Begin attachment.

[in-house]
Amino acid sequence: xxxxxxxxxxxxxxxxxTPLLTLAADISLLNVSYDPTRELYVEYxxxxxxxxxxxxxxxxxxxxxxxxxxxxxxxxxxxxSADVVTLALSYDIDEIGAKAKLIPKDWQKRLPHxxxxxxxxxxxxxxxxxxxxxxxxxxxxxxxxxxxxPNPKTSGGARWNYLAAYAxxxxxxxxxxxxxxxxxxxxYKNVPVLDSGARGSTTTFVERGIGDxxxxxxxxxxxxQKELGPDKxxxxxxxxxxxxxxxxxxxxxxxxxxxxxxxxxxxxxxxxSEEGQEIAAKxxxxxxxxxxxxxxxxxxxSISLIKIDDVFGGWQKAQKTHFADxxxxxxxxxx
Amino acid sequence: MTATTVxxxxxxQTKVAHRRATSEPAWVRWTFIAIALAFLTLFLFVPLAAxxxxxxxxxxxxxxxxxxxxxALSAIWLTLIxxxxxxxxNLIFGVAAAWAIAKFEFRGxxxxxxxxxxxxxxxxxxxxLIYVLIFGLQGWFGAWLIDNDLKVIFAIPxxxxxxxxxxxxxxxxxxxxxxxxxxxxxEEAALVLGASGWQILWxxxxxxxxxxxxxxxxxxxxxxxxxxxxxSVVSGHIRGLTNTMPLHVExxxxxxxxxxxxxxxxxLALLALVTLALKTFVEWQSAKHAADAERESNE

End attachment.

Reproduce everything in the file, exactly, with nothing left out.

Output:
[in-house]
Amino acid sequence: xxxxxxxxxxxxxxxxxTPLLTLAADISLLNVSYDPTRELYVEYxxxxxxxxxxxxxxxxxxxxxxxxxxxxxxxxxxxxSADVVTLALSYDIDEIGAKAKLIPKDWQKRLPHxxxxxxxxxxxxxxxxxxxxxxxxxxxxxxxxxxxxPNPKTSGGARWNYLAAYAxxxxxxxxxxxxxxxxxxxxYKNVPVLDSGARGSTTTFVERGIGDxxxxxxxxxxxxQKELGPDKxxxxxxxxxxxxxxxxxxxxxxxxxxxxxxxxxxxxxxxxSEEGQEIAAKxxxxxxxxxxxxxxxxxxxSISLIKIDDVFGGWQKAQKTHFADxxxxxxxxxx
Amino acid sequence: MTATTVxxxxxxQTKVAHRRATSEPAWVRWTFIAIALAFLTLFLFVPLAAxxxxxxxxxxxxxxxxxxxxxALSAIWLTLIxxxxxxxxNLIFGVAAAWAIAKFEFRGxxxxxxxxxxxxxxxxxxxxLIYVLIFGLQGWFGAWLIDNDLKVIFAIPxxxxxxxxxxxxxxxxxxxxxxxxxxxxxEEAALVLGASGWQILWxxxxxxxxxxxxxxxxxxxxxxxxxxxxxSVVSGHIRGLTNTMPLHVExxxxxxxxxxxxxxxxxLALLALVTLALKTFVEWQSAKHAADAERESNE